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Does anyone know if this is true? (Doggy bags)

(89 Posts)
INeedABiggerBoat Sun 28-Aug-16 20:08:59

Just had a lovely big roast at the local pub as a treat, and I couldn't finish it - one chicken leg left over. I asked the waitress if I could get it in a doggy bag/ foil to feed my dog later, and she said that they weren't allowed to because they didn't have a takeaway licence. Does anyone know if this is an actual law or if the chef was just being snobby? I've done some googling but can't spot an actual law, although this seems to be a bone of contention in a few countries and in Michelin restaurants (!)

Now wondering whether I could have just snuck it out in a napkin and managed to not get chicken juices all over my bag on the way home. Next time I'll add 'foil' to the tonnes of things I tend to keep in my handbag 'just in case'!

sooperdooper Sun 28-Aug-16 20:10:26

Never heard that before, I regularly take bits of leftovers home sometimes wrapped in napkins for the dog!

acasualobserver Sun 28-Aug-16 20:10:57

I always thought that dogs shouldn't eat chicken bones. (I know I've missed the point there.)

steff13 Sun 28-Aug-16 20:12:52

You're correct, acasualobserver.

INeedABiggerBoat Sun 28-Aug-16 20:13:10

Casualobserver - I would have flaked the chicken off the bones before feeding it to her. Think dogs are okay to eat raw chicken on the bone, but not cooked because the bones can fracture.

SlinkyB Sun 28-Aug-16 20:14:34

My sister has dogs and regularly used to ask to take leftovers home. Pubs/restaurants stopped doing it a couple of years ago, as they said they couldn't be 100% certain you were giving it to a dog, therefore you could take it home and reheat (badly?) and eat yourself, then say the establishment was to blame when you got ill from it.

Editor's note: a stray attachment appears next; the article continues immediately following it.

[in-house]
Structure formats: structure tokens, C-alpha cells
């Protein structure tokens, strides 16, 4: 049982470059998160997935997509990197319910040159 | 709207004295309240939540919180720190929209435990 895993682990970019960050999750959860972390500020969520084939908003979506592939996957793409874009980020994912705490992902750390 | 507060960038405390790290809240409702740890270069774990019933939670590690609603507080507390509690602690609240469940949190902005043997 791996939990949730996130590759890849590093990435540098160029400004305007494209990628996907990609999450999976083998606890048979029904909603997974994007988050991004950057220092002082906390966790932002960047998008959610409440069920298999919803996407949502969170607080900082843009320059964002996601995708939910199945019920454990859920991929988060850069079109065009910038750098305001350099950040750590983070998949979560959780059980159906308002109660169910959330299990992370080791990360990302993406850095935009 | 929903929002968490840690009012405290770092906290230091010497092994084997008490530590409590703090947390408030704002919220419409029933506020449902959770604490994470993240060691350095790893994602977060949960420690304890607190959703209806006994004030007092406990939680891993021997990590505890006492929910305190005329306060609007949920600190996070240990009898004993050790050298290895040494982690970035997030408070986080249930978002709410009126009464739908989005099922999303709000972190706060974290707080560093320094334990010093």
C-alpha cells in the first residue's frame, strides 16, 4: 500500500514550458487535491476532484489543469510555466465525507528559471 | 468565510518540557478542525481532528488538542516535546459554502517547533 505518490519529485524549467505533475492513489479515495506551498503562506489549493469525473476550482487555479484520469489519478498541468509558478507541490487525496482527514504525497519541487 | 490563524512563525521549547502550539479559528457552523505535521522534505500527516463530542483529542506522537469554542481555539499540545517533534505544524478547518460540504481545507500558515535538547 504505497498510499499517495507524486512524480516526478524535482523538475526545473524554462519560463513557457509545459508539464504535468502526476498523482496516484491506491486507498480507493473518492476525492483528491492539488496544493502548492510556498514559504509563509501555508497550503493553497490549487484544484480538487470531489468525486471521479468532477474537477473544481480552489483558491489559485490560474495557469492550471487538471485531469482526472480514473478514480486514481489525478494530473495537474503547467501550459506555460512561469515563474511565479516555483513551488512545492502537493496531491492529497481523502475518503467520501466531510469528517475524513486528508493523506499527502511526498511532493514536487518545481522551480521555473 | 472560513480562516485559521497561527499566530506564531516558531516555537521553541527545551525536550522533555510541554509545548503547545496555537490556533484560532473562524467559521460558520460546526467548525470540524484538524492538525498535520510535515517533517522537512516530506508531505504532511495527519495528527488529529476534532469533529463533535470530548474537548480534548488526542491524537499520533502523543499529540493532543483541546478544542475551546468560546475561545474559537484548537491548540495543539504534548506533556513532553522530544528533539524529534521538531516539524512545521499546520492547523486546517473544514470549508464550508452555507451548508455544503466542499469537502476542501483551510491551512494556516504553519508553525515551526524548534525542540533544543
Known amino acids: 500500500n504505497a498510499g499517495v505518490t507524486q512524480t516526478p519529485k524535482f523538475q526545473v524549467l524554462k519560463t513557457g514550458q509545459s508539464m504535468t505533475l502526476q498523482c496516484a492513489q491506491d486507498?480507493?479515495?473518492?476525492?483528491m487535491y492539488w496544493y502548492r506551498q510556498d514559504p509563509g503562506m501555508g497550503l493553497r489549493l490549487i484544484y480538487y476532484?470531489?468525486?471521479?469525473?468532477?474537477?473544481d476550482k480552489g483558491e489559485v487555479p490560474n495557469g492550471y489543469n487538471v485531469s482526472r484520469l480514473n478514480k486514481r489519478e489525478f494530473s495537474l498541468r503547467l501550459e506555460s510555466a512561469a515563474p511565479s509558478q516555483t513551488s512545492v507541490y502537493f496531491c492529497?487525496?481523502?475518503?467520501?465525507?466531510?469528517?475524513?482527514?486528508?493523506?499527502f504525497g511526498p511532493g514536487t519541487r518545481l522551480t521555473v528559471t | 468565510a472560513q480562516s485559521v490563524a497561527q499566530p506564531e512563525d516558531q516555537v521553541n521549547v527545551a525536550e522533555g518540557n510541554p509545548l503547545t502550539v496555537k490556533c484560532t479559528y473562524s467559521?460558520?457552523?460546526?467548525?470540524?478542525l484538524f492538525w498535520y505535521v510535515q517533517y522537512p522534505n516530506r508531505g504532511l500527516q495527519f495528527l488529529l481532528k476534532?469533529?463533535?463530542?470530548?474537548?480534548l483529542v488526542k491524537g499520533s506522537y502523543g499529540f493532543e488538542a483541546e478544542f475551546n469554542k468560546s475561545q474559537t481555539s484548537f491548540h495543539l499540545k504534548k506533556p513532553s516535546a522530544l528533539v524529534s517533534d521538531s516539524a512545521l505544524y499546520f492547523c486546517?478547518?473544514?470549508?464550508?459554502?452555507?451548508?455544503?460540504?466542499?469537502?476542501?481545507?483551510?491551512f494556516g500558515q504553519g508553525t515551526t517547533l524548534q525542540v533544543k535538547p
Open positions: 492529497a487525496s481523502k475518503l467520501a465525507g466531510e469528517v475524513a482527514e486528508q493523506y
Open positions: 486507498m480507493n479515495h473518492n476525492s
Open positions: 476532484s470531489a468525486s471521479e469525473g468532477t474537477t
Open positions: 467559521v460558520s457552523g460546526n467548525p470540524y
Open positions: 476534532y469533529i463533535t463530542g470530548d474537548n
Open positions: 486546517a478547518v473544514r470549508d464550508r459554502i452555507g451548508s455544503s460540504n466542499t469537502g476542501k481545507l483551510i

Another reason cited was dogs shouldn't eat chicken bones.

She takes zip lock bags now and does it under the table, semi-discretly so embarrassing

LottieL Sun 28-Aug-16 20:14:44

My impression from working in catering is that a lot of places choose not to give doggy bags as people (sometimes) try and reheat what they had and get it wrong (ie not warm enough, left out at room temperature for too long therefore bacteria grows, etc), end up sick and try blame the restaurant. Or that's what I was told the policy was for. One restaurant I worked at used to make us take a plastic box out to the customer at their table so they could bag up what they wanted themselves, which apparently minimised the restaurants liability....?

SlinkyB Sun 28-Aug-16 20:15:12

YY cooked chicken bones.

NuggetofPurestGreen Sun 28-Aug-16 20:17:56

I've never had anyone turn down my request for a doggy bag. Didn't know that was a thing.

BarbaraofSeville Sun 28-Aug-16 20:18:13

I nearly always take a doggy bag, for me to eat, because most restaurants serve portions much bigger than I can eat in one go. Has never been an issue and I'm not sure there is such a thing as a takeaway licence anyway.

ThisIsNotARealAvo Sun 28-Aug-16 20:18:29

I just ask for the rest to take away, and I've never been refused.

chough Sun 28-Aug-16 20:18:34

Wouldn't apply to me, DH or DS as we never leave a scrap of food.

MatildaTheCat Sun 28-Aug-16 20:21:03

I have taken away food from unfinished meals from restaurants and pubs all over GB and never had an issue. I might give it to the dog and equally might eat it myself, I'm an day and can decide. I would take the view that I have paid for the food,therefore it is mine. All you are asking for is some foil to carry it in.

In future press this further and refuse to take no for an answer.

DameDiazepamTheDramaQueen Sun 28-Aug-16 20:21:27

Utter rubbish! If they do it in the US with their compensation culture and no one is fussed about being sued there's no reason why they can't do it here.